By Mary Perez
RISMEDIA, Oct. 23, 2008-(MCT)-Connie Hendry says people call her crazy for always clipping coupons to save money at the grocery and drug stores.
“A lot of people laugh at me, but I don’t care,” said Hendry, who lives in the Orange Grove area of Gulfport, Miss. She’s having the last laugh, saving hundreds of dollars a year on food and other products she buys.
Promotion Marketing Association’s Coupon Council said 89% of shoppers say they use coupons and save about 7% on their grocery bills.
“I know it works,” said Hendry. One year she put the money she earned from redeeming coupons into a jar when she returned from the grocery store and found she saved more than $600.
Meagan Broome, who operates Broome’s Grocery in Ocean Springs, Miss., with her brother, Curmis Broome III, said coupon use is up a little in the last few months. She is surprised more people don’t use coupons to stretch their dollars. “We have our usual customers that do coupons,” she said, especially older shoppers and young families.
Coupon use “is not as strong as it used to be,” said Robert Scarborough, district manager for the Food Giant store on Porter Avenue and throughout Mississippi, Florida and Alabama. Stores have found other ways to reward frequent shoppers and Scarborough said Food Giant customers fill the Smart Shopper savings cards to get special prices on staples such as bread and sugar, or save them for a free Thanksgiving turkey.
Those who do use coupons find the savings addictive. Hendry said she gets mad when she sees something on sale and realizes she has a coupon for it at home. Jean Hebert, a cashier at the Food Giant, eyed a brand of laundry detergent at the checkout. “That’s a good buy,” she said, “and I’ve got a coupon.”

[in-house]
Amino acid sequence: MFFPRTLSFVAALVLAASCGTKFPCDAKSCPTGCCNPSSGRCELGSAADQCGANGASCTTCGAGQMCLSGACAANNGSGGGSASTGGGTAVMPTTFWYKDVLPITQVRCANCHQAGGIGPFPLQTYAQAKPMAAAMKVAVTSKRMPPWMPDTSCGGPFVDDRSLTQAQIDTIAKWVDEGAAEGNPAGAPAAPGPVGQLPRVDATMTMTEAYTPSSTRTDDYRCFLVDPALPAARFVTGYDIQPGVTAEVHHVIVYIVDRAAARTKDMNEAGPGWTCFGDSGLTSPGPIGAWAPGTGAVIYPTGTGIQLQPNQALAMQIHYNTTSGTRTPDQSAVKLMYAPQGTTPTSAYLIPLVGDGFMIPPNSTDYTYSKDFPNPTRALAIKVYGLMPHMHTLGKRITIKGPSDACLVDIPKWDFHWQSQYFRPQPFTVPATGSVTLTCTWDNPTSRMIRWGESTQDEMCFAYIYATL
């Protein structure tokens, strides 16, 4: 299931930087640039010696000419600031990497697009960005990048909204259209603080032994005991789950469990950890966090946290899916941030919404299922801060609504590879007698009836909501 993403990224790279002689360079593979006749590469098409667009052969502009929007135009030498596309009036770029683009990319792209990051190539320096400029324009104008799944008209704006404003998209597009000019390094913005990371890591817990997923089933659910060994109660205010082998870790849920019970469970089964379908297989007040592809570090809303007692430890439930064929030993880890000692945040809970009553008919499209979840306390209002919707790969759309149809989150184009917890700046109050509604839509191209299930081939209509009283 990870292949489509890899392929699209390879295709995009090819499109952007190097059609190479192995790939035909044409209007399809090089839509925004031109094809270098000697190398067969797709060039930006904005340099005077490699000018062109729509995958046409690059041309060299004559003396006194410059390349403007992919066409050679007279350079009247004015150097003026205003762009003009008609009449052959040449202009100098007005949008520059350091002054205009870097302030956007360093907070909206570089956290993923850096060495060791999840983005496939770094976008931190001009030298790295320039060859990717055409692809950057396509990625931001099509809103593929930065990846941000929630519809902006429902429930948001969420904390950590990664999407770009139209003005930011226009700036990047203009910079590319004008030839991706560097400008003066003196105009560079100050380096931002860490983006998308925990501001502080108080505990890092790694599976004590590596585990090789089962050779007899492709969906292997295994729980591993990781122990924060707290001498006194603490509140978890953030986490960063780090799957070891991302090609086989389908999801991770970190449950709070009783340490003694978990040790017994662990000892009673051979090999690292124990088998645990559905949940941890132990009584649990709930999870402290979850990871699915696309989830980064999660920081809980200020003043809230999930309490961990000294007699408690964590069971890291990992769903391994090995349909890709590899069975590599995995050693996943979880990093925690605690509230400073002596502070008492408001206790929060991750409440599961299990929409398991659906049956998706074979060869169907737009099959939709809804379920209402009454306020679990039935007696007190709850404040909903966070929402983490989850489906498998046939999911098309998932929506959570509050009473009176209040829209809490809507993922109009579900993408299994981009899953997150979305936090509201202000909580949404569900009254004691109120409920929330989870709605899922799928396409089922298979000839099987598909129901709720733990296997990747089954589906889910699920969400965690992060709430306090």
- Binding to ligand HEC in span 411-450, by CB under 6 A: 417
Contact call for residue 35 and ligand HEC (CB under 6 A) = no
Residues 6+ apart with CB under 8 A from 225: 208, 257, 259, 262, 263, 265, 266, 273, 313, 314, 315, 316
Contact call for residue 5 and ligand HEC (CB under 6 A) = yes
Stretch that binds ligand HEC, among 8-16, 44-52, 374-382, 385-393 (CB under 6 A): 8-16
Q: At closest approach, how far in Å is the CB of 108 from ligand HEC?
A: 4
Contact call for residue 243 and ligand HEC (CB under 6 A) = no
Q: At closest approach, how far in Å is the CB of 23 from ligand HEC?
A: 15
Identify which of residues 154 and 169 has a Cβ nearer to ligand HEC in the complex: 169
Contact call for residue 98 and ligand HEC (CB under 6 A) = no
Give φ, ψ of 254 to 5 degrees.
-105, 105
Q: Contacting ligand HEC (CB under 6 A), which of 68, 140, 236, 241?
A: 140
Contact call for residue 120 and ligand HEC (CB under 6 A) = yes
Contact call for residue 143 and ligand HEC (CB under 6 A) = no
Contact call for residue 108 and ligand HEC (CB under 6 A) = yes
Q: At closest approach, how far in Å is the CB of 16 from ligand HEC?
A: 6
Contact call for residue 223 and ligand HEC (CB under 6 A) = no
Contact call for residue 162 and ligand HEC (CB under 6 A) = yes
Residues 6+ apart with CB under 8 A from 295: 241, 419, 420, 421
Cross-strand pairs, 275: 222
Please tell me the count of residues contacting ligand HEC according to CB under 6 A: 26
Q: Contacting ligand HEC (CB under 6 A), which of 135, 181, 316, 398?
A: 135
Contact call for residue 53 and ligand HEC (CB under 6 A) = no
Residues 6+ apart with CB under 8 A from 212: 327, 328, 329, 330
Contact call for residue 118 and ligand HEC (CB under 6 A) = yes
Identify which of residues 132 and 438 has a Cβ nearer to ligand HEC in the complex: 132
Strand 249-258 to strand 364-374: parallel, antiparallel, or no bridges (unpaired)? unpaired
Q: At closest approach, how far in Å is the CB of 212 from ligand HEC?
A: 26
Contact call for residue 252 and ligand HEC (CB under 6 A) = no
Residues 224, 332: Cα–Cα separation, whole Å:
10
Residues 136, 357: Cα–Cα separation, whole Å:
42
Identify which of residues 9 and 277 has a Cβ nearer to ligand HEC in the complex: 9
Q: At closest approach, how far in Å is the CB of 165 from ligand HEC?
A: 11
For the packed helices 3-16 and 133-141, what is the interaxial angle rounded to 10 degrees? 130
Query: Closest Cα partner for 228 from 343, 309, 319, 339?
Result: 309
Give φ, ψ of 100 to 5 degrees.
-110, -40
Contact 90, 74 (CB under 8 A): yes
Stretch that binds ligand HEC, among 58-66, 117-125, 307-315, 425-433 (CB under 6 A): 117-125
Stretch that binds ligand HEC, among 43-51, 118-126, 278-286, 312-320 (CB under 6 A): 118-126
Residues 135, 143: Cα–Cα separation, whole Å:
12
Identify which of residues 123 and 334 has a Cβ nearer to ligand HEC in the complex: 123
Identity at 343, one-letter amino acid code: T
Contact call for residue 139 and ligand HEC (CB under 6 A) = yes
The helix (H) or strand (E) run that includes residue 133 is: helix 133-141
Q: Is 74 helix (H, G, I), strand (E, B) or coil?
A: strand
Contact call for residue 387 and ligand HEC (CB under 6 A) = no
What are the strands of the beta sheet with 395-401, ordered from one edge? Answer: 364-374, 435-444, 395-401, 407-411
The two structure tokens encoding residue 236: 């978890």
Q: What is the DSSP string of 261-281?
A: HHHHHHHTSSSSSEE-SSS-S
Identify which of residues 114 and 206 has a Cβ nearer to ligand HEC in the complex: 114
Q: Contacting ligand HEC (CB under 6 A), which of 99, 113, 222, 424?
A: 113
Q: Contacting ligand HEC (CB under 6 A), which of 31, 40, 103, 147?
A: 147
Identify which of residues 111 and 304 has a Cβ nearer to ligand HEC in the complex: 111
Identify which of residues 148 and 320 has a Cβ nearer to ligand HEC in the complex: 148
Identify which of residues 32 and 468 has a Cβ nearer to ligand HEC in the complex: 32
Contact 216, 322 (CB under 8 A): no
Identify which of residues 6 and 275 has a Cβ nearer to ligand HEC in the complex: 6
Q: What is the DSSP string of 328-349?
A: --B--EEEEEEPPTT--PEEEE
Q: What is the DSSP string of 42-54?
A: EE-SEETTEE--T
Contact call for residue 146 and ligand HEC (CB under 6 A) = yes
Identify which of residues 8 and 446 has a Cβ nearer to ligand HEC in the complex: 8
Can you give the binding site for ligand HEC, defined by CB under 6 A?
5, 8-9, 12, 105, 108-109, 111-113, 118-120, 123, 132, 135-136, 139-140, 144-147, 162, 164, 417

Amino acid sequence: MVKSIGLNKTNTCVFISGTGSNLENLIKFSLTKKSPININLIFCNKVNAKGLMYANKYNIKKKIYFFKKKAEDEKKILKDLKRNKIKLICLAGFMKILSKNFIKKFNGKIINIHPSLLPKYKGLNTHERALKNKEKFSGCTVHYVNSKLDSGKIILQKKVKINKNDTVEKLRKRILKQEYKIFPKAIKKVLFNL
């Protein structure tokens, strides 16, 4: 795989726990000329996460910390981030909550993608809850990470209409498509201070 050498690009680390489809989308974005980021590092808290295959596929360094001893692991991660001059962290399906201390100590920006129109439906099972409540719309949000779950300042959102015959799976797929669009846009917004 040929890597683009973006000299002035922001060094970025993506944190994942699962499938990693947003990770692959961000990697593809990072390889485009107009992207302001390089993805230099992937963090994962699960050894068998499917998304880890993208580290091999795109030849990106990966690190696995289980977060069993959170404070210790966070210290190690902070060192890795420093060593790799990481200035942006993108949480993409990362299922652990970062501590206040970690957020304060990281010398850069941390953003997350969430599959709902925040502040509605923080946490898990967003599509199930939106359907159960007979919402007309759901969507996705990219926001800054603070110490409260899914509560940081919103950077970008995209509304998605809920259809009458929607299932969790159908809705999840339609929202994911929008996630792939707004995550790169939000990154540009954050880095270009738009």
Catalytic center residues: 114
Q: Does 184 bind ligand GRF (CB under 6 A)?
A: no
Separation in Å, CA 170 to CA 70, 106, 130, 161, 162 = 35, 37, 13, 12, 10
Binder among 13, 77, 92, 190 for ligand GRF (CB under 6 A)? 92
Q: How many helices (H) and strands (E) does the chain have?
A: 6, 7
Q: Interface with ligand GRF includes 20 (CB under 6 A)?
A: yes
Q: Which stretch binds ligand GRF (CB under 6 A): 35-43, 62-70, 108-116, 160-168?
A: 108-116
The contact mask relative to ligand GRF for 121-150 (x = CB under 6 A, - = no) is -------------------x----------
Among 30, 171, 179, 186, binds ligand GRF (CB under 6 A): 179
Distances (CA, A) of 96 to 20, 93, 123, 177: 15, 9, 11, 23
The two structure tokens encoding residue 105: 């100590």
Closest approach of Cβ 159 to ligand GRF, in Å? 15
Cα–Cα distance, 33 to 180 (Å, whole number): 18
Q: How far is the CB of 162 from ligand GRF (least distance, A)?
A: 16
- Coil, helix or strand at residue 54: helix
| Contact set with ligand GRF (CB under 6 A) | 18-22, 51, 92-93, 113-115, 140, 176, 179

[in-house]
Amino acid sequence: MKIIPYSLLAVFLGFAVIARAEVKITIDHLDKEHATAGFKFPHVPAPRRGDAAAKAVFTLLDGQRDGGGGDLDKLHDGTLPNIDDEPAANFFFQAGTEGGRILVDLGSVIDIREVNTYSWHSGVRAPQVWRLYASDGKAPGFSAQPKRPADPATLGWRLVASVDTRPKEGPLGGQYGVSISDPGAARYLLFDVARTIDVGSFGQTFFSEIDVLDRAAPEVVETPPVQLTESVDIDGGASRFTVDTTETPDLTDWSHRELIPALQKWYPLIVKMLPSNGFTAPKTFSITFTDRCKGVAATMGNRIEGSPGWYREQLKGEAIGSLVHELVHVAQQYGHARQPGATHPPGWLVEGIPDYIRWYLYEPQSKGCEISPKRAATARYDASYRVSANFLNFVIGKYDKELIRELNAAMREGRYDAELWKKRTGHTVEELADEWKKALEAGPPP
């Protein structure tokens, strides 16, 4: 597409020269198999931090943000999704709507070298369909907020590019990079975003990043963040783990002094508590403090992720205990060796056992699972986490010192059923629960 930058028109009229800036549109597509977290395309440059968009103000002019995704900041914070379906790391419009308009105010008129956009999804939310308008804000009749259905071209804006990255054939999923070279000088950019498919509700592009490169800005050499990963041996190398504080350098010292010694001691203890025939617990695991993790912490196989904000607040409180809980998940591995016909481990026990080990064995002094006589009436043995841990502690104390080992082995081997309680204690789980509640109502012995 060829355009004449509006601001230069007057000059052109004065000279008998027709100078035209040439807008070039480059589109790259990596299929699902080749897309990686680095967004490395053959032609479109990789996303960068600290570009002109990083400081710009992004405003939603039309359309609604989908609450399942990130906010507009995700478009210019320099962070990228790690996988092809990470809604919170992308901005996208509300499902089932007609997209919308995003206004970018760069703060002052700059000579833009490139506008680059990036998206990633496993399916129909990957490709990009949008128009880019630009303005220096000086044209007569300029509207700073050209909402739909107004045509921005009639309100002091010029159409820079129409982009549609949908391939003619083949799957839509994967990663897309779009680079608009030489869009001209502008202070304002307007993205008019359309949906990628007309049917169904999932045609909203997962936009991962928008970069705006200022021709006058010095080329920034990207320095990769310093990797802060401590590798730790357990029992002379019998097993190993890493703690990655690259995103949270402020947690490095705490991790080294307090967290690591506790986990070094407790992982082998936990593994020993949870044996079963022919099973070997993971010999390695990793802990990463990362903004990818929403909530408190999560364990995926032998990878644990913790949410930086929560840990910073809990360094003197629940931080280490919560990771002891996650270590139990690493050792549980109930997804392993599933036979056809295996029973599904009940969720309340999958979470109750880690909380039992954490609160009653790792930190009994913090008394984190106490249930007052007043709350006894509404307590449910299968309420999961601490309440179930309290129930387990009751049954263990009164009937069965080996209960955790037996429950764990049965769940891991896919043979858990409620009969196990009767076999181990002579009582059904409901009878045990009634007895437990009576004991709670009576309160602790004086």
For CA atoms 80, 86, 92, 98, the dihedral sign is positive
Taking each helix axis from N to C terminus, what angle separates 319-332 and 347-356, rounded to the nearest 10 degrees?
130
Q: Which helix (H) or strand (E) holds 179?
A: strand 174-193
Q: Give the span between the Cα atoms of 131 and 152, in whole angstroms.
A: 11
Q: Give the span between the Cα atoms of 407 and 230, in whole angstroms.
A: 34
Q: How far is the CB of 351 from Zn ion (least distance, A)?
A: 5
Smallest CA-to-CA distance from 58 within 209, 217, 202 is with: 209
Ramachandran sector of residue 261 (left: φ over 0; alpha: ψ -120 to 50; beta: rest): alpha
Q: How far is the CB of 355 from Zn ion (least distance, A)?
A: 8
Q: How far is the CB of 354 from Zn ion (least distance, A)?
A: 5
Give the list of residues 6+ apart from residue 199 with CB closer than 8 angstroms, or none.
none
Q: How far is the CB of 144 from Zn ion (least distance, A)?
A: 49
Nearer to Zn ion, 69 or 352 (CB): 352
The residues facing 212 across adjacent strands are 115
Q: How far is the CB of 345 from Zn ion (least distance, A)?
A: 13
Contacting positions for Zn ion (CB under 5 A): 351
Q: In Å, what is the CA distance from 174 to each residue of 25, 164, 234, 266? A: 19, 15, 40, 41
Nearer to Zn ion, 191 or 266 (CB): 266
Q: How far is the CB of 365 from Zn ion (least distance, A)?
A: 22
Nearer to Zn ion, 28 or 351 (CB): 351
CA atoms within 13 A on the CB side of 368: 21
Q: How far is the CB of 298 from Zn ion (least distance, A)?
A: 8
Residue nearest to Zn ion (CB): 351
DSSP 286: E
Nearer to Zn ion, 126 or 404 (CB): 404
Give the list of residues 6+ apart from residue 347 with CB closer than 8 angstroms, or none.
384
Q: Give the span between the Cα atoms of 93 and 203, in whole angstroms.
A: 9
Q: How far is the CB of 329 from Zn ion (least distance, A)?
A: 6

For the $1.25 newsstand price of a Sunday Sun Herald newspaper, readers can save more than $120 a week if they use all the coupons in the glossy coupon inserts plus the coupon savings in the Rite Aid, Kmart and Walgreens sales circulars. The coupon sections arrive pre-printed at the Sun Herald about 10 days before they are inserted into the paper for subscribers and those who buy the newspaper on the newsstand.
Shoppers will find savings on the products they need for the season, such as cold medicine, or the Magic Eraser that erases love bugs from cars, plus money off on food and household products they use regularly and coupons to introduce new products.
Hendry said she takes her coupons to the Food Giant, which still doubles coupons with a face value of up to 60 cents. “That’s $1.20 in my pocket,” she said. “Yes, I’m a coupon shopper!”
Pearlina Evans, who works as a scan coordinator at Food Giant, said people call her “the coupon woman” because she cuts coupons out of the paper and goes to online coupon sites and prints more. She carries them in a file with similar coupons together so she can easily save on the price of cereal or toothpaste.
Evans helps other shoppers save, too. She was working in the aisle where a box of tea was sale priced at 98 cents last week, and she pointed out the 25-cent coupon attached to the box.
Store sales are often coordinated with the coupons being released. Scarborough said occasionally food sales representatives will alert the stores that a coupon is about to come out and they need to stock up on certain products. The coupons do increase sales, he said.
Hendry said she clips the coupons in the Sunday paper, then checks the grocery sales circulars in Wednesdays Sun Herald. “It saves a lot,” said Hendry. “It’s a little bit of work, but it’s worth it.”
© 2008, The Sun Herald (Biloxi, Miss.).
Distributed by McClatchy-Tribune Information Services.
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